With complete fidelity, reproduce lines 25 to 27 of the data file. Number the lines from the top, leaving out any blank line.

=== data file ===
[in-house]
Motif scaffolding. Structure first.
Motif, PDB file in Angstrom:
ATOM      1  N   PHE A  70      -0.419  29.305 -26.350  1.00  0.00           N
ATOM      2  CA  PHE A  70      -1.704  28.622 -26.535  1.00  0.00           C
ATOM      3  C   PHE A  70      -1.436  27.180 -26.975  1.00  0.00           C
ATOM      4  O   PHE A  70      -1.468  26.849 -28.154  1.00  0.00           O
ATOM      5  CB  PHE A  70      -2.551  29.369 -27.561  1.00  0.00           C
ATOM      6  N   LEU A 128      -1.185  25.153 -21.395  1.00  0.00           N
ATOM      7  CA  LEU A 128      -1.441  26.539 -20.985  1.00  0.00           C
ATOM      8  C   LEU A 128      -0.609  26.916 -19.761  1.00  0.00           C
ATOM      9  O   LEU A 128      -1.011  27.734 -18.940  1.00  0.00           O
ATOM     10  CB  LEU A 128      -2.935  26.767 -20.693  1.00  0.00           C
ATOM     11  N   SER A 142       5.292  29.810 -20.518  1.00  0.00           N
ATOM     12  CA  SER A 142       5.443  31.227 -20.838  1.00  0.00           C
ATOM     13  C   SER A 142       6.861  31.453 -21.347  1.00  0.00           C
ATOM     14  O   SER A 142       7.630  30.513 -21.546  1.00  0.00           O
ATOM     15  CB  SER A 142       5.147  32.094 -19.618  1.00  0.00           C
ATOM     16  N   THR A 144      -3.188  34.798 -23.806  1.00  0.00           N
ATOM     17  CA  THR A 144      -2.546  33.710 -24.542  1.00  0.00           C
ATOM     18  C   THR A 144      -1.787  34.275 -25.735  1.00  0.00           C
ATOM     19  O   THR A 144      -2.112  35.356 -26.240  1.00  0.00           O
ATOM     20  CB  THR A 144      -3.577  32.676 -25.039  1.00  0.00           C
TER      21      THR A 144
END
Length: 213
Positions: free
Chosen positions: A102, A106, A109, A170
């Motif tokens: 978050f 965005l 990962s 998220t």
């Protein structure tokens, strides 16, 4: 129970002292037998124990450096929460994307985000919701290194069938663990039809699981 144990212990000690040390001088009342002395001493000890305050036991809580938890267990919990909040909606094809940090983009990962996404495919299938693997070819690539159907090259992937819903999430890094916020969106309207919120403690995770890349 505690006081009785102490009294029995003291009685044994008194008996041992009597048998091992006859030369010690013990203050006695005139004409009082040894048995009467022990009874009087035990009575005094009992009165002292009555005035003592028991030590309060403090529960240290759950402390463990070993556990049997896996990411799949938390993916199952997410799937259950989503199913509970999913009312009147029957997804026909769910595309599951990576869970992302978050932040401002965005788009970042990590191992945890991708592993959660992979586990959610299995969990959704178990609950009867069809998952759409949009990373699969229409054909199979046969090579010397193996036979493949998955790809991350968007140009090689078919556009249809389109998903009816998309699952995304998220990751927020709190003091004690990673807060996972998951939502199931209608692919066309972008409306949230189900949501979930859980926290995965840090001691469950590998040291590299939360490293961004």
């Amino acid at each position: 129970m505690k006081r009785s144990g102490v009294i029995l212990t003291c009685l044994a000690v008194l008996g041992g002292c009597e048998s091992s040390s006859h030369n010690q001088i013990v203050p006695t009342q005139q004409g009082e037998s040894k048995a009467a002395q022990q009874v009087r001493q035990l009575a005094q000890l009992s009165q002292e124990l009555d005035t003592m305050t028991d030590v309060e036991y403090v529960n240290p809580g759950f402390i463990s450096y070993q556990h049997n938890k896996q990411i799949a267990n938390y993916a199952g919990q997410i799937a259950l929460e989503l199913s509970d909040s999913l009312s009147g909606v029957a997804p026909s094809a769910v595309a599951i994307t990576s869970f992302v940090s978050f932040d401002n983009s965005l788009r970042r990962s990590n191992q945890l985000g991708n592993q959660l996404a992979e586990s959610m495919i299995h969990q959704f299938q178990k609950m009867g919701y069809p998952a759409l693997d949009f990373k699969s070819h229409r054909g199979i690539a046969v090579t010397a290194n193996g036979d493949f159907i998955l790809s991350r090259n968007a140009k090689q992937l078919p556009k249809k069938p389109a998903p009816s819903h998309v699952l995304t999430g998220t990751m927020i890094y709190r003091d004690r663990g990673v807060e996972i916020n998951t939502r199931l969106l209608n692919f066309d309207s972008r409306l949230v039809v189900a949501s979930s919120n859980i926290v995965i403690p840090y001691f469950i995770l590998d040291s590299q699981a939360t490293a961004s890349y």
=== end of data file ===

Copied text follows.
END
Length: 213
Positions: free